Honduras Names Commission to Purge Police Infiltrated by Crime

By Dialogo
March 15, 2012


The Honduran government named three intellectuals as members of a commission that will purge the police, the Public Prosecutor’s Office, and the judicial branch of the infiltration of organized crime, an official statement announced on March 13.

The team, which will be joined by two foreigners, probably a Chilean and a Canadian, will be made up of Jorge Casco, a former head of the National University; Matías Funes, a retired instructor at that institution; and Víctor Meza, the director of the Honduran Documentation Center (Cedoh) and a former interior minister, according to the press release.

“It’s a quite delicate responsibility, in order to assist in improving the Honduran situation,” Funes declared to radio broadcaster HRN, where he has worked as an analyst.

President Porfirio Lobo’s administration resolved to create the commission following the discovery that entire police stations were members of gangs of drug traffickers, kidnappers, car thieves, and practitioners of extortion.

The Public Prosecutor’s Office denounced the police force, which has 14,500 personnel, after eight members of that institution were suspected of having killed two National University students, one of them a son of the university’s head, Julieta Castellanos, on October 22.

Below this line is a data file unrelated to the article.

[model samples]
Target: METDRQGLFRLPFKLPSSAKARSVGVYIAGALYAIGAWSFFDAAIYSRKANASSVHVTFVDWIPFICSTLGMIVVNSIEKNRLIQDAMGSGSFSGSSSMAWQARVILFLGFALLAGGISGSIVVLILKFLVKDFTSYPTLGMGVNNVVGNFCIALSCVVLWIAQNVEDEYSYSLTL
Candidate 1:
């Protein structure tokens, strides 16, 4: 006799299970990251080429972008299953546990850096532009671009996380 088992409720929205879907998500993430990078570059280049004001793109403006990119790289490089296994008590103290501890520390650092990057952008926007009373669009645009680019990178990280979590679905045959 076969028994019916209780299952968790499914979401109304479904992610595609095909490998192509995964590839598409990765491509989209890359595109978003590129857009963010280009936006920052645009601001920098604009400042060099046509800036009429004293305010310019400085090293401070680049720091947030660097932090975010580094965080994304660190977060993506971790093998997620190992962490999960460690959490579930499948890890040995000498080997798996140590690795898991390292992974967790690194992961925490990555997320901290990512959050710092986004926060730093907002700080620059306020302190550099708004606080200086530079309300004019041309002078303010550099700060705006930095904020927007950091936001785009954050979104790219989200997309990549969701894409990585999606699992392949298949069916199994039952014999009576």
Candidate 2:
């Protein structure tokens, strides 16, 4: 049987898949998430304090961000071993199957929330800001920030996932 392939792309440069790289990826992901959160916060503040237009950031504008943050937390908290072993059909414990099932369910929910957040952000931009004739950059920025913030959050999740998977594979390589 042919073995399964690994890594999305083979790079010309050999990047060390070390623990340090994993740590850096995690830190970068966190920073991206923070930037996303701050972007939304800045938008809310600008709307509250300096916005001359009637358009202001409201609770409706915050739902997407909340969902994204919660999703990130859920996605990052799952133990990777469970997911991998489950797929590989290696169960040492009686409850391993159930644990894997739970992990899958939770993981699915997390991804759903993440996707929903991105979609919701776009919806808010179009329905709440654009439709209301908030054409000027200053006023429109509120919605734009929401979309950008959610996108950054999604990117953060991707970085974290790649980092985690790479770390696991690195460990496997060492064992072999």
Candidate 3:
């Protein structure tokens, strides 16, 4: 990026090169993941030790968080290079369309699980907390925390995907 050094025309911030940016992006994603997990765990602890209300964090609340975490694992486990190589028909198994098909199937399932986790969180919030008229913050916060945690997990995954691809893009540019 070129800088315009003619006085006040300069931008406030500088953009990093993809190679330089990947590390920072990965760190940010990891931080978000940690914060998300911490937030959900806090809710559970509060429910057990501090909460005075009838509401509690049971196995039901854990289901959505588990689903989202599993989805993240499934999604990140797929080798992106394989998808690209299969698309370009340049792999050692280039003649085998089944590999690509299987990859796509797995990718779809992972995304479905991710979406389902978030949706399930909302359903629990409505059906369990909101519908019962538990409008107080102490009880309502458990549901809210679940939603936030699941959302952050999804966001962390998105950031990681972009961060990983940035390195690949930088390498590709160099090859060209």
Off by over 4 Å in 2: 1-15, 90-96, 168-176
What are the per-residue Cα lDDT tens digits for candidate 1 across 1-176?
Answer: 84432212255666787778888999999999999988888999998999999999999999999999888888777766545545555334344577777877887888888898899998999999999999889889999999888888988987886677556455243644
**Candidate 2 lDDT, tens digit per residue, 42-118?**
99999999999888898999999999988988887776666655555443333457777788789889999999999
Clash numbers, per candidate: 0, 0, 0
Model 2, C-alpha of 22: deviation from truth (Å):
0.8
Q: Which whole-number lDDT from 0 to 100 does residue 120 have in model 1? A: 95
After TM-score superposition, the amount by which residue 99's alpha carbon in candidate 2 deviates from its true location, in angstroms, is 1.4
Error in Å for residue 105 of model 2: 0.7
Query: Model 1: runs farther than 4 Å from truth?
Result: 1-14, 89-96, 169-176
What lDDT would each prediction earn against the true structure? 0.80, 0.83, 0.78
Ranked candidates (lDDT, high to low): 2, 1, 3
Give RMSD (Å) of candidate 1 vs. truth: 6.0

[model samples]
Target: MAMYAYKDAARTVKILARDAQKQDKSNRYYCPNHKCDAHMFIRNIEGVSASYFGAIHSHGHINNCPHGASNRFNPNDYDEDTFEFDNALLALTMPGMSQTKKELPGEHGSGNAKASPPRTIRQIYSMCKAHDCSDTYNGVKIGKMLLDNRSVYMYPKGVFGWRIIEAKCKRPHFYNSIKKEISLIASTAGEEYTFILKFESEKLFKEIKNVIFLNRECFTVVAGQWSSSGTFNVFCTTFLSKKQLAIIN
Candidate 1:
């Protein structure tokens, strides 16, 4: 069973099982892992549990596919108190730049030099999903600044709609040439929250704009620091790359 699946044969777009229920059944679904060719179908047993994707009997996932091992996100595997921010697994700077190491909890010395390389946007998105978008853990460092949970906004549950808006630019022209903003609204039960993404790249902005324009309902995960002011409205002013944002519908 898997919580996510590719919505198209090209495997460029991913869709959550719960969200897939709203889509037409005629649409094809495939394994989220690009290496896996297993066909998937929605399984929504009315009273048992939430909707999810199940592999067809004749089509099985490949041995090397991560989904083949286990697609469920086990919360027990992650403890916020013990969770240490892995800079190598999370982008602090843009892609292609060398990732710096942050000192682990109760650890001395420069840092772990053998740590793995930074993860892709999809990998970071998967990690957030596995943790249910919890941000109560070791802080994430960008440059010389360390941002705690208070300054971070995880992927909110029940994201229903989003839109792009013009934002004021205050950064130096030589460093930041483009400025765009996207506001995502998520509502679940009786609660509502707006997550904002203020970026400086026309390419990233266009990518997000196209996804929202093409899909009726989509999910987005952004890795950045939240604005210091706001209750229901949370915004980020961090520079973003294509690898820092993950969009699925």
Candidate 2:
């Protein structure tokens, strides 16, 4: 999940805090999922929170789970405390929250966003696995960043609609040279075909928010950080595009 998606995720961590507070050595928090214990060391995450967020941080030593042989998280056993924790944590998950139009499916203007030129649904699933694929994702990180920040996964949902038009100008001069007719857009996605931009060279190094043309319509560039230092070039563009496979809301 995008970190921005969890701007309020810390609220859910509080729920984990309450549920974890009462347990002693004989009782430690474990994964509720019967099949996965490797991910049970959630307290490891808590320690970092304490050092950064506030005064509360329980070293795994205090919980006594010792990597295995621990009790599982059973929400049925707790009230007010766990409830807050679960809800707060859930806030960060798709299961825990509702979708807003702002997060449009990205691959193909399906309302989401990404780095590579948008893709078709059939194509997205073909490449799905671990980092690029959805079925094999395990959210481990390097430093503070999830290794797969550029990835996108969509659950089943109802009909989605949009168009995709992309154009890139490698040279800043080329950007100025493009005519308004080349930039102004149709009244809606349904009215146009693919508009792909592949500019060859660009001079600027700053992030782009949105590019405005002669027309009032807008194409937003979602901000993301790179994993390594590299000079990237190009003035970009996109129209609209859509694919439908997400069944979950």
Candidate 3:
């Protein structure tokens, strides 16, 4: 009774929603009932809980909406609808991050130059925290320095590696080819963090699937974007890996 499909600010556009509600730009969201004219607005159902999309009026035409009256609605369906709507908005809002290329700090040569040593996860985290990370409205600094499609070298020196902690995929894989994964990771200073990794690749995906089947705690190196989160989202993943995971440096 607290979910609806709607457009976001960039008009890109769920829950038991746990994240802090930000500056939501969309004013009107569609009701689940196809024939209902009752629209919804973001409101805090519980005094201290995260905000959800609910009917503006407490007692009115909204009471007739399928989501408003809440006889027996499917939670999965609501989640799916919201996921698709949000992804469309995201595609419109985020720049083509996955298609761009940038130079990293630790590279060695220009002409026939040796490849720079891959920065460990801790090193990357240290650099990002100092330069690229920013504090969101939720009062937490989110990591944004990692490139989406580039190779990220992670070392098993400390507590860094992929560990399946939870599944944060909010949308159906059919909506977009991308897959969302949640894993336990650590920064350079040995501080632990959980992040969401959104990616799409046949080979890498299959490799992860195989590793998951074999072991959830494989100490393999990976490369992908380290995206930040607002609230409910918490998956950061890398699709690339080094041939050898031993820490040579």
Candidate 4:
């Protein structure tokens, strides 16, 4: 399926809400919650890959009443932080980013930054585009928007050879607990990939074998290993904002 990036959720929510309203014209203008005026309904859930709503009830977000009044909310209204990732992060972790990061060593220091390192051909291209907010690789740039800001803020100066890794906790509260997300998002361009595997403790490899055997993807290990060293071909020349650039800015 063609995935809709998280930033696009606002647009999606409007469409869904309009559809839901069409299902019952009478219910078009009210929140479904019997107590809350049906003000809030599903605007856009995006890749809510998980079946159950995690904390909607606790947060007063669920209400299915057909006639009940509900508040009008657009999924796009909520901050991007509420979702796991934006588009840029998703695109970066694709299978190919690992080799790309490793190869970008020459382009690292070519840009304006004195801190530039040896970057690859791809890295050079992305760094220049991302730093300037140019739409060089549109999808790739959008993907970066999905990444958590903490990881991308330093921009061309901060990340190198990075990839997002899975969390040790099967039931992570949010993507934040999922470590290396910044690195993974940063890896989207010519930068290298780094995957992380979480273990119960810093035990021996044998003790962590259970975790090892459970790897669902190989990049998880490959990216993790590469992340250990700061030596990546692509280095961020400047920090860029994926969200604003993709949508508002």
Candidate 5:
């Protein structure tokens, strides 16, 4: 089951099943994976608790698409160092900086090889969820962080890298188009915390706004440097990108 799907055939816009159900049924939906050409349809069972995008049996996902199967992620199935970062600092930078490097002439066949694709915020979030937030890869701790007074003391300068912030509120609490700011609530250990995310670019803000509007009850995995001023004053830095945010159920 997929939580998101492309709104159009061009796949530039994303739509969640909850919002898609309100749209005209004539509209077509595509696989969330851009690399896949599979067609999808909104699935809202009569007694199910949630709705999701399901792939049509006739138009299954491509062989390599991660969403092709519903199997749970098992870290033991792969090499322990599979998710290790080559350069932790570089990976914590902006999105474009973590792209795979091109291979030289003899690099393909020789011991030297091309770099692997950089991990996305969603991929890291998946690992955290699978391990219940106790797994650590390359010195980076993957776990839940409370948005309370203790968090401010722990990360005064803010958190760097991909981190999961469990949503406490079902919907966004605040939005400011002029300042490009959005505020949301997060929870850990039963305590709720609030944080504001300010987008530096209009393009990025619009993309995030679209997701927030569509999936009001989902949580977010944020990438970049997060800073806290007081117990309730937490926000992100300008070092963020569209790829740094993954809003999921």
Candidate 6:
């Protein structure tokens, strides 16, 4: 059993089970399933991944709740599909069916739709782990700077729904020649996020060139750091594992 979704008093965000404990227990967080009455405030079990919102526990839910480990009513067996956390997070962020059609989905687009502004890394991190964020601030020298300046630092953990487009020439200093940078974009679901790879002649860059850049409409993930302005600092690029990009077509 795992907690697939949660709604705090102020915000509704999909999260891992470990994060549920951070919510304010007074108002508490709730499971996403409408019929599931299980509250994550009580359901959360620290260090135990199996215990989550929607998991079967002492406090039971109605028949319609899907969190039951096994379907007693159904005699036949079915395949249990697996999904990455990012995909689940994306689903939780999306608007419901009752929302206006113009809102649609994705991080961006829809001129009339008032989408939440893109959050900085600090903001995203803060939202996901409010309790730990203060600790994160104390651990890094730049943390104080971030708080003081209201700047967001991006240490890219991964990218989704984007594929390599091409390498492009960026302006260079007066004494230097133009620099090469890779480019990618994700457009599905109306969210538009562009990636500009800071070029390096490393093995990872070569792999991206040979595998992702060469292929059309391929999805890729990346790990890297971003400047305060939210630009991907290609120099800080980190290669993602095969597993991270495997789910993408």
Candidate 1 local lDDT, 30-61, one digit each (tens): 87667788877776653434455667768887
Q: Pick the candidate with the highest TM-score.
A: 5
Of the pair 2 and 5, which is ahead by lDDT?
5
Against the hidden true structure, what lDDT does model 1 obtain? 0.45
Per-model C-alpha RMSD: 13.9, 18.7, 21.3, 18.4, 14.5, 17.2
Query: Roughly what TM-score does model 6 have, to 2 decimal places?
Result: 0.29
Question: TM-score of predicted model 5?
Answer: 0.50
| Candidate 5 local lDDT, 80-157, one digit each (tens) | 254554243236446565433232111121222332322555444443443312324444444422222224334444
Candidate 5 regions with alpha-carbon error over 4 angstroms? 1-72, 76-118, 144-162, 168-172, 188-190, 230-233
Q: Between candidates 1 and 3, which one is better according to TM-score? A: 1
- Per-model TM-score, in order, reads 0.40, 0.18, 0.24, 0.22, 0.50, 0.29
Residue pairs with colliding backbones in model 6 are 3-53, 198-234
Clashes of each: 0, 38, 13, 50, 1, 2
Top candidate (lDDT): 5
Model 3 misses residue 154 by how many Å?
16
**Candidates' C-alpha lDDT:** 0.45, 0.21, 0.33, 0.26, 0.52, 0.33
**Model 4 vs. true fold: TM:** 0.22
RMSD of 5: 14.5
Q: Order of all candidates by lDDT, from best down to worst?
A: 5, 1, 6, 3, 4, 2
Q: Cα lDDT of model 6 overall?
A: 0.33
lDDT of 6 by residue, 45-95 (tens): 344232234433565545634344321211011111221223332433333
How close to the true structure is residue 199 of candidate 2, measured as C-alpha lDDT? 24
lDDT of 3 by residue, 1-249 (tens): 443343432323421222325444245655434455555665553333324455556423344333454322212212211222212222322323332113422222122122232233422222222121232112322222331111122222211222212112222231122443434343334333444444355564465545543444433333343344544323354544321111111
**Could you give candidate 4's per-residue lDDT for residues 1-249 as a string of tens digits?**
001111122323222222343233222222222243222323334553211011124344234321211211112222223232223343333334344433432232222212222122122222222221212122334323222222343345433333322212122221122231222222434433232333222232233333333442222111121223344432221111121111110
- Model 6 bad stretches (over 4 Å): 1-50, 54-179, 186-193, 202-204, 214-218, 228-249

The commission was designed to suggest formulas for resolving the problem of police corruption and proposed the formation of this team of Honduran nationals and foreigners for the difficult task of conducting a purge, which will focus on the police, but which will also encompass prosecutors and judges.

It will also investigate operating methods, police abuse, and the clandestine links that exist among the police, organized crime, gangs, and any other criminal structures, for the purpose of committing illicit acts.

One of the functions of the commission, which will work for three years, will be to determine officials’ income and compare it with their real-estate holdings and moveable property, as well as those of their spouses and relatives.

Honduras, with a population of 8 million people, recorded 86 homicides per 100,000 inhabitants in 2011, making it the most violent country in the world, according to UN reports.



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